Sunday, June 14, 2009

Europe: Josh's Top Ten (2 of 4)

Continuing on with Josh's Top Ten...

6. The Vatican

As we walked into St. Peter’s Square for the first time, we knew that we were in for a grand experience. The vast, curving colonnade really sets the stage for the massive scale and artistic excellence of the entire Vatican. We went on to tour the Vatican Museums and St. Peter’s Basillica, and the splendor of each surpassed the expectations that were established for us.

The normal highlights of the museums, the Sistine Chapel and the Raphael Rooms, were obviously a delight, but it probably won’t surprise anyone that I was most enthralled by the massive Gallery of Maps. This 16th century gallery, longer than a football field, acts as a complete map of the Italian peninsula. After it was painted, it allowed the Pope to get a better idea of the geography of the surrounding countryside without ever having to leave Vatican City.

The scale of the basilica was really a surprise. It is so much bigger even than the other massive cathedrals that I’ve seen (St. Paul’s in London, Notre Dame in Paris, etc.) that it just overpowers the senses. It is an incredible building, and the structure itself is noteworthy in its own right, but even this can’t overshadow the wonderful collection of artwork that is housed inside. From the soaring Baldacchino by Bernini to Michaelangelo’s Pieta, it was incredible to walk through the basilica and see all of these masterpieces.

While it could be argued that the splendor of Vatican City may not be the most effective use of church resources (I’m still not completely sure where I stand on this), as a tourist it was absolutely incredible.

The Map Rooms:

Raphael's Deliverance of St. Peter:

Standing on the spot where Charlemagne was crowned Holy Roman Emperor in St. Peter's Basilica - a little crazy.

The dome was really impressive.

5. The Neighborhoods of Paris

Of the three major cities that we visited, Rome had the best sights, Amsterdam had the nicest neighborhood (more on that later), but Paris was the most consistently beautiful city of the three. From Le Marais (where we stayed) to Montmartre and the Latin Quarter, I was really impressed with the walkability and community feel of all the neighborhoods that we saw.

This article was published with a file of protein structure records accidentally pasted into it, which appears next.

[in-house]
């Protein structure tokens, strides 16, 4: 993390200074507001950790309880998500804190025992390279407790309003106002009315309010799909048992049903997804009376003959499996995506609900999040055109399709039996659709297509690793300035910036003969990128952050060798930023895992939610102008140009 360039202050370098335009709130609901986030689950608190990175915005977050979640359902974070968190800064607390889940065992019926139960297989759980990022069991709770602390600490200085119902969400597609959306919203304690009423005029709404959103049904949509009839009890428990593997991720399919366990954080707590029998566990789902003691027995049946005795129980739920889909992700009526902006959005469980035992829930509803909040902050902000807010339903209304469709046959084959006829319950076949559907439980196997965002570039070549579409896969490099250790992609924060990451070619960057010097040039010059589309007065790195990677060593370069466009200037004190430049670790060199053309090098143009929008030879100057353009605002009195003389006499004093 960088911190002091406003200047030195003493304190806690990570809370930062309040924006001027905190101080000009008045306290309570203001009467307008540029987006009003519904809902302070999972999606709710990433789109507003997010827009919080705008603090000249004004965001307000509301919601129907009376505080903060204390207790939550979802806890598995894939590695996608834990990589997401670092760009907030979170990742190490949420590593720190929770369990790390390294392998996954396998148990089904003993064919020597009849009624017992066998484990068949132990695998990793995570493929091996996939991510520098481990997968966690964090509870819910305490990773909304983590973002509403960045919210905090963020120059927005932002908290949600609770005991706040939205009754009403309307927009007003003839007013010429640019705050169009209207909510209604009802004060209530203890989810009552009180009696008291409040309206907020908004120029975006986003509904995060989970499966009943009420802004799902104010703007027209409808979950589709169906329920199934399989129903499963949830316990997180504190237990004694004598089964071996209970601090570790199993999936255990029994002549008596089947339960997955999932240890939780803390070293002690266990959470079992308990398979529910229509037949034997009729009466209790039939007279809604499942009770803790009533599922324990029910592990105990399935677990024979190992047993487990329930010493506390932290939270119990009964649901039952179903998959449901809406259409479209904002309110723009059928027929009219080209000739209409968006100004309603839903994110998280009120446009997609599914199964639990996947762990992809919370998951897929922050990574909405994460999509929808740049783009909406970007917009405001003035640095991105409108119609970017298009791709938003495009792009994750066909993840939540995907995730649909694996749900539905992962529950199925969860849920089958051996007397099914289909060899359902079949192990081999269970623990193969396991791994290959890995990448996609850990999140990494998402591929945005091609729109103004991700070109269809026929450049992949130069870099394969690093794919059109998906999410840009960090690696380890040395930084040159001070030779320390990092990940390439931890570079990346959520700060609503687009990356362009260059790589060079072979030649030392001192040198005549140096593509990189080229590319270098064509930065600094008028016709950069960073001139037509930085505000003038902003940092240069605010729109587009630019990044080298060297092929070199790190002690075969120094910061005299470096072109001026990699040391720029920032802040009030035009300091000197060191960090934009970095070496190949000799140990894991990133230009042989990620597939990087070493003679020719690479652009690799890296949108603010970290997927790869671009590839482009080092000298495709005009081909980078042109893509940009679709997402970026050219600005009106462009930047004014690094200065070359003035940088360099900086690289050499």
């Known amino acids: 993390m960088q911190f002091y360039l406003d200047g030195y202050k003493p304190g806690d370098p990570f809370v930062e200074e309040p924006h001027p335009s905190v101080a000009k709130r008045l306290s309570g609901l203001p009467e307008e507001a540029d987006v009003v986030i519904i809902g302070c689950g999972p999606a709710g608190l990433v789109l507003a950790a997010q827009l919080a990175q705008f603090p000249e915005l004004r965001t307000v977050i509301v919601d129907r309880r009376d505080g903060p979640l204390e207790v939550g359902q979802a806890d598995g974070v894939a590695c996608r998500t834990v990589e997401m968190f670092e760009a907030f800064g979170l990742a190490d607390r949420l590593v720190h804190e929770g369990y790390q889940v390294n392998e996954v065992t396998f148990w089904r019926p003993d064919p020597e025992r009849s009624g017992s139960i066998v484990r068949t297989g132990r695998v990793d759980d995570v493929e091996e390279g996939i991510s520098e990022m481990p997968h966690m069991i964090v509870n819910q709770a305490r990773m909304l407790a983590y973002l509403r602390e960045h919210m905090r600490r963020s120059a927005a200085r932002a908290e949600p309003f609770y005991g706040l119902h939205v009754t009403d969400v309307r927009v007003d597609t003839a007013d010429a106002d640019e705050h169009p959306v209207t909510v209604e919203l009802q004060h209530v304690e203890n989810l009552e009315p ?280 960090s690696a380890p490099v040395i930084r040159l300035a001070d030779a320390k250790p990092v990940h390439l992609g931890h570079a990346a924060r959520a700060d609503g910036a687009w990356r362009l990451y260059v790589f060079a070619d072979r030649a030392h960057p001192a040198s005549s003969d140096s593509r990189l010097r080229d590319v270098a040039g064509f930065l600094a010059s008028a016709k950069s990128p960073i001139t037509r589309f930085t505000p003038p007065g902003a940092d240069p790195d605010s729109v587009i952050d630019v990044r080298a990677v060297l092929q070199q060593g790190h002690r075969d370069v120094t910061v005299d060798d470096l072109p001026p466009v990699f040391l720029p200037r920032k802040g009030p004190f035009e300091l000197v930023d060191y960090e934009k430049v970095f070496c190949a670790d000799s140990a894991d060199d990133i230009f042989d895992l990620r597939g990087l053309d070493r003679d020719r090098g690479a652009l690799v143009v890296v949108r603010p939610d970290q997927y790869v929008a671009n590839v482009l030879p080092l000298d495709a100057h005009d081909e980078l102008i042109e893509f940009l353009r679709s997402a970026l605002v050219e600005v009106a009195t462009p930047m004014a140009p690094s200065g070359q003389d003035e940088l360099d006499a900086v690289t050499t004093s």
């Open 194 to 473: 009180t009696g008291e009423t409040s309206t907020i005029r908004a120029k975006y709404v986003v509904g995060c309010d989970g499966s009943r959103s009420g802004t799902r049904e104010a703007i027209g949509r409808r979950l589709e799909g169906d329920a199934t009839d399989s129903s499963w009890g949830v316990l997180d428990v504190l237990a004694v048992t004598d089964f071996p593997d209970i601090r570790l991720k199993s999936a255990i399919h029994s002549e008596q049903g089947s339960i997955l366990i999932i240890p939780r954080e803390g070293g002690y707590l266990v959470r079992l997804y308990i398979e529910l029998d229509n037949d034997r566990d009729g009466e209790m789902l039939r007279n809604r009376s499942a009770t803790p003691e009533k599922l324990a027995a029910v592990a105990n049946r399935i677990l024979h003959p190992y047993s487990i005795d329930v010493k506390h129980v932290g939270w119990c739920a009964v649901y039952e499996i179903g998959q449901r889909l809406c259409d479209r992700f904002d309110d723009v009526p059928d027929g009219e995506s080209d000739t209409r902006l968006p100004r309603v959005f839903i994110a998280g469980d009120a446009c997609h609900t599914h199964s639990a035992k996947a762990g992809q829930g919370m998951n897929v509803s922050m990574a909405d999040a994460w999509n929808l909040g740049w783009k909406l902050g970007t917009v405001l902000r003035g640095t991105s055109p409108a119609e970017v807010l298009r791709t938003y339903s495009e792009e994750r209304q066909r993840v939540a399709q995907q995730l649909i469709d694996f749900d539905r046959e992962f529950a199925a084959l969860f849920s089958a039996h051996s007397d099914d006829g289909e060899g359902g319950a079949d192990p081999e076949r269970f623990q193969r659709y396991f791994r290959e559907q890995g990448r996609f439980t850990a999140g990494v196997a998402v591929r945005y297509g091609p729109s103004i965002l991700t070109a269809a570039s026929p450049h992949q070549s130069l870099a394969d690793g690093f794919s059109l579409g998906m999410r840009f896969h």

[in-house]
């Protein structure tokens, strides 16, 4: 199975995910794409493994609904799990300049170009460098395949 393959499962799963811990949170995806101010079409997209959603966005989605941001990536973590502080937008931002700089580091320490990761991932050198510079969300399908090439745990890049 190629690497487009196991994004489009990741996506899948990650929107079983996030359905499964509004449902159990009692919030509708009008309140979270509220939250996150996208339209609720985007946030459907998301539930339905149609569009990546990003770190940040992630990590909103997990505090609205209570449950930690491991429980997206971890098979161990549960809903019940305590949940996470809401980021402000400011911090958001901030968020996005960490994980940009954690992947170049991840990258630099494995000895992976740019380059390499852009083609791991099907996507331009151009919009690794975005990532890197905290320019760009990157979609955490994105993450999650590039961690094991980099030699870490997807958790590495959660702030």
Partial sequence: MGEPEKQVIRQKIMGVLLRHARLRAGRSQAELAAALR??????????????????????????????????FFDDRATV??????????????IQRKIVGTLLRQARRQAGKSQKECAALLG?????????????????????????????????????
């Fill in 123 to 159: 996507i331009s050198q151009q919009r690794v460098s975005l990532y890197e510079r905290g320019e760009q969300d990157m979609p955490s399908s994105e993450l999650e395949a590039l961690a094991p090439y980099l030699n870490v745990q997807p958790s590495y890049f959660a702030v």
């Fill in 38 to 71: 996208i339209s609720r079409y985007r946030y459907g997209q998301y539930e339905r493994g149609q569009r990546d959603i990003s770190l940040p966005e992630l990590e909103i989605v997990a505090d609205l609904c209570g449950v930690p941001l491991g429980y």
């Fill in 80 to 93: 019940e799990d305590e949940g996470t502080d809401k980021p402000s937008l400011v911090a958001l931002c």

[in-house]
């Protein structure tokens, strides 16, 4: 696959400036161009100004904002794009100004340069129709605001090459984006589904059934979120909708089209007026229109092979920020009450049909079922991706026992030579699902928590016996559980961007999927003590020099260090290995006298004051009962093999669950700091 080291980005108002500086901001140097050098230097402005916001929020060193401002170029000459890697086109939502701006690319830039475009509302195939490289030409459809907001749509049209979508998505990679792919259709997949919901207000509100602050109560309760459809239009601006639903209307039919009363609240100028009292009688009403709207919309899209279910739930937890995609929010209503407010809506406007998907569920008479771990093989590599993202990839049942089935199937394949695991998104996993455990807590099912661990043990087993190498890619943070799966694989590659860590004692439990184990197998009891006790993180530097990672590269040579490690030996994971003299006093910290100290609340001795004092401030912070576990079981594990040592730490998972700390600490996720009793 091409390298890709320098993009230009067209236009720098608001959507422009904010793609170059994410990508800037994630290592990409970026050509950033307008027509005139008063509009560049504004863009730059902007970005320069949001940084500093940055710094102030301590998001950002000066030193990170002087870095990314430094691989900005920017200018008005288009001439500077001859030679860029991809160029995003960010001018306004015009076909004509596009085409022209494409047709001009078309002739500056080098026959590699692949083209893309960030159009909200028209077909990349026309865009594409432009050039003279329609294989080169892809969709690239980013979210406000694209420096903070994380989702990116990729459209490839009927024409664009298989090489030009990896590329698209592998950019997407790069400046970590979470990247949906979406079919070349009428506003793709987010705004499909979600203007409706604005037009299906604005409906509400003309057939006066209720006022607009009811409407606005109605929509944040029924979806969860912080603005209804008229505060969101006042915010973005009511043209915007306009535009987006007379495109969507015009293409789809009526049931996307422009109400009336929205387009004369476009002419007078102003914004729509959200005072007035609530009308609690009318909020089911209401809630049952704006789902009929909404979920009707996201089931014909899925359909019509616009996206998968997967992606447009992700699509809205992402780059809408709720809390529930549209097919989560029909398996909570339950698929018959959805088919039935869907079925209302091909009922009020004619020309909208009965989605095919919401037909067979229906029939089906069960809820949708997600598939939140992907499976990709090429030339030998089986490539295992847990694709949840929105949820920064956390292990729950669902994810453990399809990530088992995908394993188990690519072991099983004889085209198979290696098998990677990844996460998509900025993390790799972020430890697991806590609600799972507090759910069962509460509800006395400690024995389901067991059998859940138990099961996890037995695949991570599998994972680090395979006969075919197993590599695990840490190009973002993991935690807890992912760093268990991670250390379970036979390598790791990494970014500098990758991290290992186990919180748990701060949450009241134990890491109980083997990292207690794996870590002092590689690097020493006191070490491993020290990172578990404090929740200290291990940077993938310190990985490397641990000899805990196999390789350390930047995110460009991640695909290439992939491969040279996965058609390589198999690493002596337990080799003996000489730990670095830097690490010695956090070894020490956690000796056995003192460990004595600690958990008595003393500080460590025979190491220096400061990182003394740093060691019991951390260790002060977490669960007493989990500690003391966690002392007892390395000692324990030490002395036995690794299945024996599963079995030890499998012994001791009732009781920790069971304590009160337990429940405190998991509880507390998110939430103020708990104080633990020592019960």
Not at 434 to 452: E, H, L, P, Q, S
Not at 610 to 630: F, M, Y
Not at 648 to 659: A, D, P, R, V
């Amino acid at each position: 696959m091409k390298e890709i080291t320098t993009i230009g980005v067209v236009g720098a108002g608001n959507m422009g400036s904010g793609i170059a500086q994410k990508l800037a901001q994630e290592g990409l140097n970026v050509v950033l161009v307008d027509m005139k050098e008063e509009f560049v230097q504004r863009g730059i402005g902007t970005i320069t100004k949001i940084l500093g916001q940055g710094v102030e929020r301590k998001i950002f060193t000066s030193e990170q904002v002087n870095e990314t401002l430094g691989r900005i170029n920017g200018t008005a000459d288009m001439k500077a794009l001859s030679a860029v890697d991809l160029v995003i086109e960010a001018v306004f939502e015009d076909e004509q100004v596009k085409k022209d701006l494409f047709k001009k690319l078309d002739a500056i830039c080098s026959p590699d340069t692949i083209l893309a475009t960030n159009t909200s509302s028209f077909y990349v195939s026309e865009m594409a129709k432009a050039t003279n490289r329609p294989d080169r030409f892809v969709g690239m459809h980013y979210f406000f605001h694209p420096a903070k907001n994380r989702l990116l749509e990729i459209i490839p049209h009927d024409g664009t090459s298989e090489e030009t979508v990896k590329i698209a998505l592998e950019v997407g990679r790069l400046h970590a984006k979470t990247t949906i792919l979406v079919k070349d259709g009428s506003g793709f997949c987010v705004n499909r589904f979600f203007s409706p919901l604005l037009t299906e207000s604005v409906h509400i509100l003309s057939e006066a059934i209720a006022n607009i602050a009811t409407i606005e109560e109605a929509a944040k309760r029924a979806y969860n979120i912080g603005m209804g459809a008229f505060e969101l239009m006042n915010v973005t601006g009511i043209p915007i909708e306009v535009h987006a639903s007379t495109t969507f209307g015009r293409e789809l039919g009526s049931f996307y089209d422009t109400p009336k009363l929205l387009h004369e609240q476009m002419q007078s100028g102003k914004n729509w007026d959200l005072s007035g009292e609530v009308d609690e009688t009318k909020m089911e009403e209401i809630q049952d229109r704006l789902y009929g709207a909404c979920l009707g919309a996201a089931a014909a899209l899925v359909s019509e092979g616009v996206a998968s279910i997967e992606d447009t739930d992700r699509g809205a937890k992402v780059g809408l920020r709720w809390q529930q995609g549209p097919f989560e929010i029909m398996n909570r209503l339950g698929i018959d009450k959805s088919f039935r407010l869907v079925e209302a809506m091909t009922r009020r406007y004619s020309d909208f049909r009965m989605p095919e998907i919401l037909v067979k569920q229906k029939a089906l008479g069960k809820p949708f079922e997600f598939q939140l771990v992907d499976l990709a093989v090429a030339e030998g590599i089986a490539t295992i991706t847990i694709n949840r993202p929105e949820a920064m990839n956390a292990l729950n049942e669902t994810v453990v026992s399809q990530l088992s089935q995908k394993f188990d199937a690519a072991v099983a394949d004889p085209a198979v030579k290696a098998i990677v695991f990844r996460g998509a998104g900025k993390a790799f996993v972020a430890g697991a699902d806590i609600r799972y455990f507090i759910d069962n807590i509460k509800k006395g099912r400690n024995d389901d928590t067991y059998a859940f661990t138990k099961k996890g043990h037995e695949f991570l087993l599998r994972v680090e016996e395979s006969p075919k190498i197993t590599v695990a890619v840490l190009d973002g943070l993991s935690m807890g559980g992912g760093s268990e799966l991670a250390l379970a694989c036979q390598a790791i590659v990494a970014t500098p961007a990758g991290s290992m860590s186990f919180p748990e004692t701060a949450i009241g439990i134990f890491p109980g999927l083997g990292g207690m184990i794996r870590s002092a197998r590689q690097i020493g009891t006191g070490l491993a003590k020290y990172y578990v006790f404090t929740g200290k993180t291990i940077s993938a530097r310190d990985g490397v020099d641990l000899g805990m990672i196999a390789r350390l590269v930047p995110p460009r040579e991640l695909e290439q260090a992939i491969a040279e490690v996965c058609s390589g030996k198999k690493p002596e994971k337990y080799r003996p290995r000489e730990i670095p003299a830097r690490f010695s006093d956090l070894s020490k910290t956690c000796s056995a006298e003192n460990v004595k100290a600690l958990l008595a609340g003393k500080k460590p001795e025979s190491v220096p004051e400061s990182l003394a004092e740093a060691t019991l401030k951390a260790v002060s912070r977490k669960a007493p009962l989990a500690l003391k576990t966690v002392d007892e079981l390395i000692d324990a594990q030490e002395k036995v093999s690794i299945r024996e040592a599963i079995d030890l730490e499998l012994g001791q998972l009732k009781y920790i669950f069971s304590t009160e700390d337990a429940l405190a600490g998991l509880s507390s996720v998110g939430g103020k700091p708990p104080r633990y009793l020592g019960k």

Although I would have liked to spend more time almost everywhere we went, this would especially apply to Paris. Unfortunately, we were really only able to breeze through these neighborhoods with the amount of time that we were in town, but even in that short amount of time, it was easy to see why so many people seem to like Paris. It would be a fun place to live someday to really gain a better understanding of the city.

4. The Hill Towns of Tuscany

After our time in Rome, we stayed in Florence for two nights before renting a car and exploring the Tuscan countryside on our own. Florence was wonderful (I’m sad that I have to leave it off this list), but the hill towns that we encountered on the road will probably bring us back to Italy for another vacation.

We stopped at three towns in the course of our day on the road. The first, San Gimignano was a fascinating medieval citadel with over a dozen tall towers that overlooked the rolling countryside. Significantly less touristy was the walled city of Volterra that was a bustling city of the Etruscans almost 2500 years ago. Finally, we made our way to Siena, a somewhat bigger, less quaint, but amazingly beautiful city in Central Tuscany.

While they all provided a different view of Tuscany, the real highlights were San Gimignano and Siena. The towers of San Gimignano provide a spectacular backdrop for the quaint twisting streets and storefronts that lie below. In Siena everything revolves around the central square, the Piazza de Campo, and this is truly one of the most spectacular squares I have ever seen. We spent a couple hours just sitting in the square, and it was a great way to end our wonderful exploration of Tuscany.

Our little quasi-automatic car:

Overlooking San Gimignano:

A tower in Volterra:

The square in Siena.  It is hard to tell from this shot, but it is fan shaped and slopes down toward this building.  A perfect place to sit and spend an evening.

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